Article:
Sometimes you need to set things out before you begin, a prologomena of sorts, because darn it otherwise some folks start thinking that, y'know, we're all really alike.
OK, yes, we're all sinners, I get that, but you know what I mean. There are differences in this world and the trouble starts when we act as if those distinctions don't exist.
Like this interview by Kathryn Jean Lopez at National Review; pets outnumber children more than four to one.
W-T-F? No, seriously....
Over the past couple years, in my esteemed role as a college faculty, I had drummed up the hobby theory (almost typed "pet theory" there--bad pun) that American life these days is fundamentally divided between "kid people" and "dog people." Right, that mammalian distinction must be made; cat people know they serve at the behest of the feline dictator. Dog people, though, make two crucial presumptions: 1) dogs are kids, so it makes perfect sense--and should not be questioned--to compare as equals kidcare and dogcare: day care, toilet training, exercise, food habits and diets, health concerns ("hey, dogs get diabetes too!"), "grandpuppies" instead of grandchildren, etc.; and 2) dogs, lacking all the problematic issues of children--human maturation, puberty, college costs, acne, etc.--are thus more preferable.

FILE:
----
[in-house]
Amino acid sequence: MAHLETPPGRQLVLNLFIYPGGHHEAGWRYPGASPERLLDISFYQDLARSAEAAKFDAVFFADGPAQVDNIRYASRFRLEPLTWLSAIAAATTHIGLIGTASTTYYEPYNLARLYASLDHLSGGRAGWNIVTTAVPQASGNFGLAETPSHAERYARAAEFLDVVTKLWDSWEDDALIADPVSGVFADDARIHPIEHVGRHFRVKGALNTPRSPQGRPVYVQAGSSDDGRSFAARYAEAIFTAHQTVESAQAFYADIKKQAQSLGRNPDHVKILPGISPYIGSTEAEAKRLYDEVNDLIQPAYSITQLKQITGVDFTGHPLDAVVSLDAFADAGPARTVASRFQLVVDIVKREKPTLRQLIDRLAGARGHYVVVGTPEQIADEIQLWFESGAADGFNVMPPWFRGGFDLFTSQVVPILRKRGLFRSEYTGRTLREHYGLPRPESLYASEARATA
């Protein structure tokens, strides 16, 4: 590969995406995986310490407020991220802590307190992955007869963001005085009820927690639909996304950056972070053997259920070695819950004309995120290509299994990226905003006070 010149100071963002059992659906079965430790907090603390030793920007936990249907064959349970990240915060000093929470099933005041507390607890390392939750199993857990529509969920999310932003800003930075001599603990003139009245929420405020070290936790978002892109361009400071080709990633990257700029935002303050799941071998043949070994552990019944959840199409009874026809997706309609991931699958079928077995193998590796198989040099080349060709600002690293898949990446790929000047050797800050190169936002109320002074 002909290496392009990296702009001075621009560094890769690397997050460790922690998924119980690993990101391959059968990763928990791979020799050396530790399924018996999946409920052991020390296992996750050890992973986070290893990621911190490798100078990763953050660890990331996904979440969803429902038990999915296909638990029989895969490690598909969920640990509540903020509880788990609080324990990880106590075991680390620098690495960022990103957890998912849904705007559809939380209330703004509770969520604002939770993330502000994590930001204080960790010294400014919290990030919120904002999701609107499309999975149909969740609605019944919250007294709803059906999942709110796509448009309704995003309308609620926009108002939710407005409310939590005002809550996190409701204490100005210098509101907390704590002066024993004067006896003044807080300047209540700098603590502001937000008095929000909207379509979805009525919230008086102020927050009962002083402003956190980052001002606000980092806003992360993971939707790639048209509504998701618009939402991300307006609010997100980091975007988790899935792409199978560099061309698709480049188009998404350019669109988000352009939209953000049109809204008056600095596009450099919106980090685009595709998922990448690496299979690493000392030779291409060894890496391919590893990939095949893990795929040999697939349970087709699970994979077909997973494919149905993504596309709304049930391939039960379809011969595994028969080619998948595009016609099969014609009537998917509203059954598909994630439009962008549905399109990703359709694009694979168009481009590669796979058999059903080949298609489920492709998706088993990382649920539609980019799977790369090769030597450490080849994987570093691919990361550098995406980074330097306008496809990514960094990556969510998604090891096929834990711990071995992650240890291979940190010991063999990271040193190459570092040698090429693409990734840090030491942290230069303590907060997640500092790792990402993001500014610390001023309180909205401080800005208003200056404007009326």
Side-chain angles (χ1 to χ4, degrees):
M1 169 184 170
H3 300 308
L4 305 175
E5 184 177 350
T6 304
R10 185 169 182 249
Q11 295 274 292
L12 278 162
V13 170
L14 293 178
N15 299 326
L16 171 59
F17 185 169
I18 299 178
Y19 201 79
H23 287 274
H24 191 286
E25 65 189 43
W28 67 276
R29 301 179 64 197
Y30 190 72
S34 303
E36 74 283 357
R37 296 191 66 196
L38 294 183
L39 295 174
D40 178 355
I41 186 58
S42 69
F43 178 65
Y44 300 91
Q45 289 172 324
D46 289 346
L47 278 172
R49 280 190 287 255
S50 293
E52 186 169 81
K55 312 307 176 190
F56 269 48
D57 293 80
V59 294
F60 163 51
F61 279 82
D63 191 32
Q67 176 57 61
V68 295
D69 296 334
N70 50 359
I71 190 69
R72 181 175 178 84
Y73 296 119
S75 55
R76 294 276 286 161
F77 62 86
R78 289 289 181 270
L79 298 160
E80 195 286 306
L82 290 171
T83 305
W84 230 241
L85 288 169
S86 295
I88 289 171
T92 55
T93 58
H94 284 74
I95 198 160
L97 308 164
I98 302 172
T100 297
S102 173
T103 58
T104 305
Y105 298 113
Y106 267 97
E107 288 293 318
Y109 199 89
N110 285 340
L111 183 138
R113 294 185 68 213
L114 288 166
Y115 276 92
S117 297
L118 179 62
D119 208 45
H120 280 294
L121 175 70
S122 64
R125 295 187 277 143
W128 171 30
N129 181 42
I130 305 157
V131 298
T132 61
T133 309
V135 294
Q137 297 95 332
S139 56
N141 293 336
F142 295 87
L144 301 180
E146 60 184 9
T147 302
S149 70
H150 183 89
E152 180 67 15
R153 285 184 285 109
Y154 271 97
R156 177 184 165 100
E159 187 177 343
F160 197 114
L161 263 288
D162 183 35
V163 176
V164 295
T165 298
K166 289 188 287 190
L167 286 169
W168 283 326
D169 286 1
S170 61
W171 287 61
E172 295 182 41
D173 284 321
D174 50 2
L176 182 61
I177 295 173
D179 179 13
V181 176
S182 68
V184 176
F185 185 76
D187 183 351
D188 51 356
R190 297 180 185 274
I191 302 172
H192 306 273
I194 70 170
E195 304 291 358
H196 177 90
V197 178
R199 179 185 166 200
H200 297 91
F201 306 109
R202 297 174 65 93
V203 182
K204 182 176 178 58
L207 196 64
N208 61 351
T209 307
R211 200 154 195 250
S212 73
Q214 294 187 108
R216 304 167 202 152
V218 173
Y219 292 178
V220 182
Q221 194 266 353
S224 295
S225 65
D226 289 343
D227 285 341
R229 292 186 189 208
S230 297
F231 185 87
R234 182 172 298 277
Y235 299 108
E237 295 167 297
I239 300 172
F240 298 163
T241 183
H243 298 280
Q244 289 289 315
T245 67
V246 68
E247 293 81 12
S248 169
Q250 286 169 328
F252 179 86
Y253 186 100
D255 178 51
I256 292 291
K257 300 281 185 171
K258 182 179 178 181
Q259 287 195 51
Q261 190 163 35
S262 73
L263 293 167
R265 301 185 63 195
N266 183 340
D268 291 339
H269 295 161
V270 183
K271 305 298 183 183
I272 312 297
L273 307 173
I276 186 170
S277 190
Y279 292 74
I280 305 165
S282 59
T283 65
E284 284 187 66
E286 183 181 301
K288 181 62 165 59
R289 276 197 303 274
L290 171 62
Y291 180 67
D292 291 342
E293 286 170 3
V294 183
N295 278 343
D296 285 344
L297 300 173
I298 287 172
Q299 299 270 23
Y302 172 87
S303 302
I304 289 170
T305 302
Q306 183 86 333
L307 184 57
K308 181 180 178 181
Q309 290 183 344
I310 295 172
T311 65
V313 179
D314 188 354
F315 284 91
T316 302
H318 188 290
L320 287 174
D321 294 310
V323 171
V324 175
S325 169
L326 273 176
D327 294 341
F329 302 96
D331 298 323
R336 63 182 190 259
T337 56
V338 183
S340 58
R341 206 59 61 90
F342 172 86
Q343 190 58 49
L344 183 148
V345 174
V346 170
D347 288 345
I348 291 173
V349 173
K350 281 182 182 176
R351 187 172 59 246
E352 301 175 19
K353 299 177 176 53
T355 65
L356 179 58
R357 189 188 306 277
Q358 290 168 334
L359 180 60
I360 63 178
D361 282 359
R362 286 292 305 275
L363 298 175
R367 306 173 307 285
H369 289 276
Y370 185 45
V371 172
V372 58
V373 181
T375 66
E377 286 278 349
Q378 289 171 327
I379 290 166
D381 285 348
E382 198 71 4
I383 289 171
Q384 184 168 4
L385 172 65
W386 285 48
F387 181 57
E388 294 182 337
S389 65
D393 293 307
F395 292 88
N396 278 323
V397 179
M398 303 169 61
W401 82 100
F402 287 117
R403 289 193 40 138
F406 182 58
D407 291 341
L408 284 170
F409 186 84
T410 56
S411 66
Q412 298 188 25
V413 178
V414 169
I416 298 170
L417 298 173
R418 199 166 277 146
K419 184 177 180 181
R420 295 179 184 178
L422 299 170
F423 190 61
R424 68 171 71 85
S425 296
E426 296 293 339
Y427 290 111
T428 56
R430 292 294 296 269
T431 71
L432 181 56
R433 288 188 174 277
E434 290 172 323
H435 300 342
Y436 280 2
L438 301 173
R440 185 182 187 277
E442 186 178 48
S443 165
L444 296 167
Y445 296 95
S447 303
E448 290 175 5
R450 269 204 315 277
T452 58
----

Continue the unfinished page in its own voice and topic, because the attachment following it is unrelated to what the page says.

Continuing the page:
And here's an article that basically proves my point. We're poop-scooping our way to a demographic nightmare. Nice that your dog won an obedience class award, but who's going to care for you when you're in a nursing home?
One more thing: there are several dog people with kids. that's right--they have both, but they identify as dog people...because the dog's viewed in human terms. Adopt a child, adopt a dog--what's the difference?
Well, lots. Human dignity...which includes the humane treatment of animals (see the Catechism #2415-8), but c'mon the child and the dog are not the same. Cute? of course. Companions? of course. But children represent humanity's creative gift given by God--and this includes adopted children, who actually best embody Paul's notion that through Christ we all become children of God (Romans 8:14-17).
Not "pets of God."
Mentioning this in the wrong social circumstances instigates reactions similar to denying the validity of same-sex marriage or embracing the teaching authority of the Roman magisterium. Your dog-owning friends will glance at each other...and "know."
Too bad. We're over here...and they're over there.
Something similar to this surfaces with the upcoming conclave. So many voices call for a pope "with the courage to change Rome". Effectively these are the dog people, ecclesiology style. However, Mark Shea notes, there'll always be a gulf between what the Church declares according to God's revelation and what the world wants.